Ensuring Health Care Sustainability – Share Your Views
By Linda Larson, MLA and Judy Darcy, MLA
British Columbians enjoy high standards of health care, including the longest life expectancy and the lowest rates of obesity, smoking, and infant mortality in Canada. Maintaining a strong health care system which meets the needs of all citizens is a priority for all British Columbians.
BC’s health care system has changed dramatically in recent decades to meet the demands of citizens and respond to the changing health care environment. BC has supported new treatments, drugs, and diagnostic technologies, leading to significant improvements in the health and longevity of British Columbians. Our health care system has also had to evolve to meet changing requirements, notably a greater emphasis on treating long-term chronic conditions, and the pressures of a growing and ageing population.
Health care is the single largest area of provincial spending, accounting for almost 40 percent of total government spending. The estimated budget for the Ministry of Health in the 2014/15 fiscal year is almost $17 billion. Budget pressures are expected to intensify in the future as a result of the following cost drivers:
- 2% general inflation
- 1.4% population growth
- 1% population ageing
- 0.9% increased utilization
- 0-0.7% health inflation
BC’s Legislative Assembly has tasked the all-party Select Standing Committee on Health with identifying strategies for maintaining the sustainability and quality of BC’s health care system. The Committee has been meeting with Ministry representatives, health care researchers, and stakeholders to seek their views on how to address the challenges faced by our health care system.
As the Chair and Deputy Chair of the Select Standing Committee on Health, we are asking British Columbians to share their ideas on how we can continue to ensure the sustainability and improvement of our health care system. In order to focus the consultation we are seeking submissions that address any or all of the following questions:
- Access to high quality health care for all British Columbians, regardless of where they live, is a key priority for the health care system. Providing health care for British Columbians who live in rural communities presents significant challenges, including the recruitment and retention of health care professionals to work in rural communities.
How can we improve health and health care services in rural British Columbia? In particular, what long-term solutions can address the challenges of recruitment and retention of health care professionals in rural British Columbia?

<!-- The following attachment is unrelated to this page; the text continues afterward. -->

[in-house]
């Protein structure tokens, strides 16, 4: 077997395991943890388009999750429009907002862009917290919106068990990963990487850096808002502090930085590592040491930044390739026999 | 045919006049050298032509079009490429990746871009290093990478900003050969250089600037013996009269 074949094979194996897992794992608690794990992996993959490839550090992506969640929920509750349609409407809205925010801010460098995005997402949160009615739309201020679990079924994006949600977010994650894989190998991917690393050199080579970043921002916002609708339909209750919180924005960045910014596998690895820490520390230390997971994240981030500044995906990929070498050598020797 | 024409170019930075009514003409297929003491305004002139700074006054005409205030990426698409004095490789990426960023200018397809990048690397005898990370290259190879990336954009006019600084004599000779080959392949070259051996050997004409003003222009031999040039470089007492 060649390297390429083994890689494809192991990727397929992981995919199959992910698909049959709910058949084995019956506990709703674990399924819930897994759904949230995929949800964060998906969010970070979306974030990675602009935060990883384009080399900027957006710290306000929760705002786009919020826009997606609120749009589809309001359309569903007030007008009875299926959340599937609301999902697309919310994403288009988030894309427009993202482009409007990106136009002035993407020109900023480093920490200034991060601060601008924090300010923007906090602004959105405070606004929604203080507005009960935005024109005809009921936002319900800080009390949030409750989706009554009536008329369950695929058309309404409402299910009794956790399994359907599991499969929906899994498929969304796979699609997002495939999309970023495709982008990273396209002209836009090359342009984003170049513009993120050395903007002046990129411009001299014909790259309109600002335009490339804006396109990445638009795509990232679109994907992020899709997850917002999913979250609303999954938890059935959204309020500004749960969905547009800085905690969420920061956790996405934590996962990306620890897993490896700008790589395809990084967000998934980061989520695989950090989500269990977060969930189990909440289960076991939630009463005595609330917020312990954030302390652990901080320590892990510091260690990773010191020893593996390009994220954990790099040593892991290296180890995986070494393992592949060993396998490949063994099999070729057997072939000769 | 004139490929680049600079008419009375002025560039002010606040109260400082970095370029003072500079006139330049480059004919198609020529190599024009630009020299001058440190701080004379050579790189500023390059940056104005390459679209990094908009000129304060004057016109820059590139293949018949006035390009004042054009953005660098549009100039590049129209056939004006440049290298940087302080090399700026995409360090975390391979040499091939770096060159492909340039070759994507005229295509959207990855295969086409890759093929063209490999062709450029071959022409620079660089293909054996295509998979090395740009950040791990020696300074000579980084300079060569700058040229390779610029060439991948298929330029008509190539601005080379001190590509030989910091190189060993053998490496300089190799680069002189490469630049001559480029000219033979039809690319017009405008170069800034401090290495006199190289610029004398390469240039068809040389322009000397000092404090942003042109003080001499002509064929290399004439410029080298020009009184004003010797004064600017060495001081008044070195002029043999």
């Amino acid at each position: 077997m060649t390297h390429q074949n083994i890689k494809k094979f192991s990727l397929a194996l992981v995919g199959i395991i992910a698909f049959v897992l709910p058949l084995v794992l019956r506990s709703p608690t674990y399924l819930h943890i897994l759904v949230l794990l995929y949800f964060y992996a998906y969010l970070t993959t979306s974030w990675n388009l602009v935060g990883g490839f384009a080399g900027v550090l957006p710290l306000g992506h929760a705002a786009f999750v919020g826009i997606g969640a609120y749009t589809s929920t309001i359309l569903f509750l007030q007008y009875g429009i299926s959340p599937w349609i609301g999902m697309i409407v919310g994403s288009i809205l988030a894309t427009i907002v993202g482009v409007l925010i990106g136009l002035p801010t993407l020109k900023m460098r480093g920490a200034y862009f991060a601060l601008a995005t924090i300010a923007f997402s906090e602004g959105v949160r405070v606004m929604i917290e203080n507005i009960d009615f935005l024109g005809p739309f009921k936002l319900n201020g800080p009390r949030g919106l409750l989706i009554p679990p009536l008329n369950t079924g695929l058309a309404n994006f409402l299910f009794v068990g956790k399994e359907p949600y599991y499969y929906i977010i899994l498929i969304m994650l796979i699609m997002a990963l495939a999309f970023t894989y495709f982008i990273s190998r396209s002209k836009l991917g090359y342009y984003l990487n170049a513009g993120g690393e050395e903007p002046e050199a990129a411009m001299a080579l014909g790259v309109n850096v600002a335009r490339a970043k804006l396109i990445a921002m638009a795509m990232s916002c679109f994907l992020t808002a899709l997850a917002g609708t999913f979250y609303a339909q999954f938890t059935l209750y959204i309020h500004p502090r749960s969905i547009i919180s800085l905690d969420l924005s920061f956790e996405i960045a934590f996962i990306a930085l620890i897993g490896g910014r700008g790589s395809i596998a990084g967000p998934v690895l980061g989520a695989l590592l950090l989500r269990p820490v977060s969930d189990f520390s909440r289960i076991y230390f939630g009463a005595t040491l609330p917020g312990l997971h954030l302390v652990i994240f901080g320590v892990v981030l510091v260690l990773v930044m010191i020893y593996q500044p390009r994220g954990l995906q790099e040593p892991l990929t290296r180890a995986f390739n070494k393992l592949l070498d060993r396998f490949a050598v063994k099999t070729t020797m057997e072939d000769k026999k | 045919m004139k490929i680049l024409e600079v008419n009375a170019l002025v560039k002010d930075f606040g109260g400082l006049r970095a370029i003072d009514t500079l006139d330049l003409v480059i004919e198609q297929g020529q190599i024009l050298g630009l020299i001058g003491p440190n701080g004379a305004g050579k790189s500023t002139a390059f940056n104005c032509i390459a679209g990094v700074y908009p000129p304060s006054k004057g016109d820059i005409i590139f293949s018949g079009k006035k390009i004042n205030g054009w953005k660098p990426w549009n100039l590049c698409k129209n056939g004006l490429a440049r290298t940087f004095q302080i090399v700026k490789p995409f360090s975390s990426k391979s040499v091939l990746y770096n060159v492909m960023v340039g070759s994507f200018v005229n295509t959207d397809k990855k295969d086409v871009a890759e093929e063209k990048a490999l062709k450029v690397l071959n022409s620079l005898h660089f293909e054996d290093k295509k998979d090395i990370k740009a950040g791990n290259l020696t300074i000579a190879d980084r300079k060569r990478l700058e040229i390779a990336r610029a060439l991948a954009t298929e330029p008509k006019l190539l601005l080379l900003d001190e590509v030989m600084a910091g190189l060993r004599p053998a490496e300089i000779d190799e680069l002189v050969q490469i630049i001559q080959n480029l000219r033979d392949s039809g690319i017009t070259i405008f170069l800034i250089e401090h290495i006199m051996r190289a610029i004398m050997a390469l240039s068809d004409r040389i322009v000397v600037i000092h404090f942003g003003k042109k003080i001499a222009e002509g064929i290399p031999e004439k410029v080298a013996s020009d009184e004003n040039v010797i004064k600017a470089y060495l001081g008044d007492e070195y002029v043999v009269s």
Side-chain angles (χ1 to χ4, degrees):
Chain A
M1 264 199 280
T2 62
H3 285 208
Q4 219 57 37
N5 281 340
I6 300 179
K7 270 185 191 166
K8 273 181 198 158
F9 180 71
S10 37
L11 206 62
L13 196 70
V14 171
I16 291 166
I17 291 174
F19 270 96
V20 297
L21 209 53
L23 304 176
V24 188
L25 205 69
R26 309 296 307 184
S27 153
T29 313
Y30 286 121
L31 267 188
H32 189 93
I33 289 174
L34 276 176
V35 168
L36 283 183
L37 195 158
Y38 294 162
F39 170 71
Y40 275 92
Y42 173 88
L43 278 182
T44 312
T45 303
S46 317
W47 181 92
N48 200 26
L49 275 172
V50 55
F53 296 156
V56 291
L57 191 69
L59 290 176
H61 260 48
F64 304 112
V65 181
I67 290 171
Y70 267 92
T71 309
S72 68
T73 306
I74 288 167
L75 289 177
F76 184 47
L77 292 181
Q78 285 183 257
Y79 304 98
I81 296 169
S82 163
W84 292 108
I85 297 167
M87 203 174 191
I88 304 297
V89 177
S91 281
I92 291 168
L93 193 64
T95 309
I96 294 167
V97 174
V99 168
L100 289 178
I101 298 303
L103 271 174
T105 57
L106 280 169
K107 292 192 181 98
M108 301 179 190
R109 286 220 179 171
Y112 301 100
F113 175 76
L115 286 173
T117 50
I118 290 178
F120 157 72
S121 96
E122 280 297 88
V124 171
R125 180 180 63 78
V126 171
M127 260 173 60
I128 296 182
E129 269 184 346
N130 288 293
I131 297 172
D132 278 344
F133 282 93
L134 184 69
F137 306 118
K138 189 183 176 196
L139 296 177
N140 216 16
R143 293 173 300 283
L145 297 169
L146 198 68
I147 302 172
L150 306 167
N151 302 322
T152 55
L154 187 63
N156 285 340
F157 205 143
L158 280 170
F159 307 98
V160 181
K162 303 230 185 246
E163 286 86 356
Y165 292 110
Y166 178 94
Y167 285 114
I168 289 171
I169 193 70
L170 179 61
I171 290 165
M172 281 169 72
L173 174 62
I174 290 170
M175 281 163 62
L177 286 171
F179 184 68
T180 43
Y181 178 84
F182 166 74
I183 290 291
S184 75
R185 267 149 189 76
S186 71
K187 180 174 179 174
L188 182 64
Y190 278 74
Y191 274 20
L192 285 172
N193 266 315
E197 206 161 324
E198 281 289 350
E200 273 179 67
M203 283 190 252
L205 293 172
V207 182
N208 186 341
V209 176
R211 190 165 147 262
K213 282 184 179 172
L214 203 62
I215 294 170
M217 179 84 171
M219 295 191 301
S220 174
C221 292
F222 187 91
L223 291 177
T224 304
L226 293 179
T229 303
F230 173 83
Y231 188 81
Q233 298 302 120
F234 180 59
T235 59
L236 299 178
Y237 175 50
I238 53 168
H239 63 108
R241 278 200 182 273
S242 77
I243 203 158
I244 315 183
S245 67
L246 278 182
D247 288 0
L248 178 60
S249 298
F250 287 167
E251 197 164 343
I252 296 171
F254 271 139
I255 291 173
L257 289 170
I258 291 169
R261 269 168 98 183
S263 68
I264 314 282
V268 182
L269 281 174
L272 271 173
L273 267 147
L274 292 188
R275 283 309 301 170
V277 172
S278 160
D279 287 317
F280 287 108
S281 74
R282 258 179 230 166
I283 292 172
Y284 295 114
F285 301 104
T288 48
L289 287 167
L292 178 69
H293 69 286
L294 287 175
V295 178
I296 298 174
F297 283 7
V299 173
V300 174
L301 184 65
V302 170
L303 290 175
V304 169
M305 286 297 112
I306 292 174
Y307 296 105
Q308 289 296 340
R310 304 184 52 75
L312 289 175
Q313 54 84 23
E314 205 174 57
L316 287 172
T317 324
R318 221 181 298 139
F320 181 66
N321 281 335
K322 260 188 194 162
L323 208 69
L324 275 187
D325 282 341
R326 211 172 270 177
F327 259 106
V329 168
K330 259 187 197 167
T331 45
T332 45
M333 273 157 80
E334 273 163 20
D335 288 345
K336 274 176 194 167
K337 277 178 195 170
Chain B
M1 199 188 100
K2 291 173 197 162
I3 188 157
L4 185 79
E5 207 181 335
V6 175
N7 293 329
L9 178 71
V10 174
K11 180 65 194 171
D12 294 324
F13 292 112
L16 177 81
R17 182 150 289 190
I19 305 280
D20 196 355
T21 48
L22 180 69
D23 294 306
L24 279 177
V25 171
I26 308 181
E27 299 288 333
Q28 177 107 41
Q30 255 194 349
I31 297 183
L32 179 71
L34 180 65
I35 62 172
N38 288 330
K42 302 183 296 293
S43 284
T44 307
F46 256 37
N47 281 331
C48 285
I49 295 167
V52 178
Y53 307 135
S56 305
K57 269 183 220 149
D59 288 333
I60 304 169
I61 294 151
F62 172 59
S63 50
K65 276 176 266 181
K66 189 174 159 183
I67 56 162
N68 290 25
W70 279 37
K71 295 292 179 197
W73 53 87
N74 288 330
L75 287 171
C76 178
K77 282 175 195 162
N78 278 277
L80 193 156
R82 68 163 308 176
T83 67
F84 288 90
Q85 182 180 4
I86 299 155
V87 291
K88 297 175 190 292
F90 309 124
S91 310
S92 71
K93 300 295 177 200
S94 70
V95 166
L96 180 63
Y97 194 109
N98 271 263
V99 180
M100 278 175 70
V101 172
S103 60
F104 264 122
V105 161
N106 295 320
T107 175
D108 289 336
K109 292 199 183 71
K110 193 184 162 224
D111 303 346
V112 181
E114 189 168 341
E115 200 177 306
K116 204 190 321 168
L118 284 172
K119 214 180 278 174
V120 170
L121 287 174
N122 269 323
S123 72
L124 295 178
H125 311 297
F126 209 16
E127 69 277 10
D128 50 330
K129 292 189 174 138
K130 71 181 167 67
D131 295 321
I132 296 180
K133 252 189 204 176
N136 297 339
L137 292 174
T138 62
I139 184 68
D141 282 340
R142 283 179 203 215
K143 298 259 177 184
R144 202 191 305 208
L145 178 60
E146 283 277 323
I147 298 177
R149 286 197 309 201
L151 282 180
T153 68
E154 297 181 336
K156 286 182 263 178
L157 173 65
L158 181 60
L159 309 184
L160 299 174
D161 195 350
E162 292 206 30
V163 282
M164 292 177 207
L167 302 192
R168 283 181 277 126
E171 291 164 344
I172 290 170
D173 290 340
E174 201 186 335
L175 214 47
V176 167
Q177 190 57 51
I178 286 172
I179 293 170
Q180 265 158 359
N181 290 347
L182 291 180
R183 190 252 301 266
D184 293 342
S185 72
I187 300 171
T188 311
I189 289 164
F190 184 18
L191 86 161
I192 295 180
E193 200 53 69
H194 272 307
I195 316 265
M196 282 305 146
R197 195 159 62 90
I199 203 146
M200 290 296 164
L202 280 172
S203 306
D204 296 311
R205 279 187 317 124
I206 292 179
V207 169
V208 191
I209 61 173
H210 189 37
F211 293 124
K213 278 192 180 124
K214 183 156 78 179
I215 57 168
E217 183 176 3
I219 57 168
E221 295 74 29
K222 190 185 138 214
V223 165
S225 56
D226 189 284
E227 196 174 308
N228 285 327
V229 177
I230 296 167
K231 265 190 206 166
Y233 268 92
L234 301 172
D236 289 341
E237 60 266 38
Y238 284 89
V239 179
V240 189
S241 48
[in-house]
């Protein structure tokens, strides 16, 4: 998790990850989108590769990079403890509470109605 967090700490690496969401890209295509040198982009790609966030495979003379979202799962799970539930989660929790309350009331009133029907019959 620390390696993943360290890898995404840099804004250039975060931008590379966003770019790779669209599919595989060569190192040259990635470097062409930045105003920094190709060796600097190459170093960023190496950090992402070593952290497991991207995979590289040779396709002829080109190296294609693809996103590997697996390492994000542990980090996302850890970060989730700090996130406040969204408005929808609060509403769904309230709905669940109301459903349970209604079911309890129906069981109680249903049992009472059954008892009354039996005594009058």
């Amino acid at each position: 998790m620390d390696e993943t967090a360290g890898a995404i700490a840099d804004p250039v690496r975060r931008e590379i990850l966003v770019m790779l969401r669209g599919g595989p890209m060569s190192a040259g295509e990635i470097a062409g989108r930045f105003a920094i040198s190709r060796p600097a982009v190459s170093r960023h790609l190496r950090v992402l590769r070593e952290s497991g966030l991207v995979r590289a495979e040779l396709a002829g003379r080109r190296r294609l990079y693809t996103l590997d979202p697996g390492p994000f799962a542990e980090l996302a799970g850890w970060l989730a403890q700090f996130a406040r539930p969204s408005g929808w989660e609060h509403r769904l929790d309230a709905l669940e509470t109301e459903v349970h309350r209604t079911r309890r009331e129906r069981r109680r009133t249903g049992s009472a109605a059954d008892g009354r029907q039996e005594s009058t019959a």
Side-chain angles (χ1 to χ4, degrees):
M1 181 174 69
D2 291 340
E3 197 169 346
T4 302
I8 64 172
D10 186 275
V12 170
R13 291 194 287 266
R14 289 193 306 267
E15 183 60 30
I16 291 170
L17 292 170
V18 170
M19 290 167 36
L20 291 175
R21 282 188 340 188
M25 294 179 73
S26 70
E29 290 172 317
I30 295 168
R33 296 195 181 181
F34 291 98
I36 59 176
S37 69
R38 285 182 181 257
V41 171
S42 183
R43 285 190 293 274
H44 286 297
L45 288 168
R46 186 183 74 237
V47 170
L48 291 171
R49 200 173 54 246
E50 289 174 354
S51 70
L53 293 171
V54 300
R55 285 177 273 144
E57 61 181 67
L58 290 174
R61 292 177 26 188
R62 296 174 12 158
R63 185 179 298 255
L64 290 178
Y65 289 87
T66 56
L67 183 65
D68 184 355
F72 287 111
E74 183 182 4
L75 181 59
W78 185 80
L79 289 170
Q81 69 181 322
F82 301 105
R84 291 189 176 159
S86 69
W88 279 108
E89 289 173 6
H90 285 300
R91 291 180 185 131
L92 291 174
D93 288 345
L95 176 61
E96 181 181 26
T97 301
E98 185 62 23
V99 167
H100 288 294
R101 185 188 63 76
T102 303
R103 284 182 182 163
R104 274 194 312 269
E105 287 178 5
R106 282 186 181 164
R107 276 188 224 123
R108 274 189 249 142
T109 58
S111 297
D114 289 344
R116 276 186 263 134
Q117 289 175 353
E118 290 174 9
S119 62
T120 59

- The delivery of health care often depends on interdisciplinary teams of health care professionals from different disciplines – doctors, nurses, pharmacists, social workers, counselors, psychiatrists, physiotherapists, midwives, and others – who work together to provide patients with care. The coordinated provision of health care by interdisciplinary teams contributes to the provision of high quality, integrated, and efficient health care services.
How can we create a cost-effective system of primary and community care built around interdisciplinary teams?
- End-of-life care is an important part of a sustainable, efficient health care system, providing effective care with comfort, dignity, and quality of life for dying individuals. End-of-life services are delivered by a range of professionals who provide pain and symptom management, community nursing and rehabilitation services, home support, respite services, and residential hospice care.
What best practices can be implemented to improve end-of-life care?
- Problematic substance use affects people of all ages from all walks of life, and imposes significant costs on individuals, government, and society as a whole. Focusing resources on evidence-based best practices for recovery programs can yield long-term positive outcomes in terms of individual well-being and effective and efficient services.
How can we enhance the effectiveness of addiction recovery programs?
Submissions should include an explanation of the anticipated benefits and a justification of the costs involved.
To make a submission to the Committee or learn more about our work please visit our website at
http://www.leg.bc.ca/cmt/health/index.asp. All submissions will be carefully reviewed and considered by the Committee. The deadline for submissions is December 31, 2014.
Linda Larson is the Chair of the Select Standing Committee on Health and the MLA for Boundary-Similakameen. Judy Darcy is the Deputy Chair of the Select Standing Committee on Health and the MLA for New Westminster.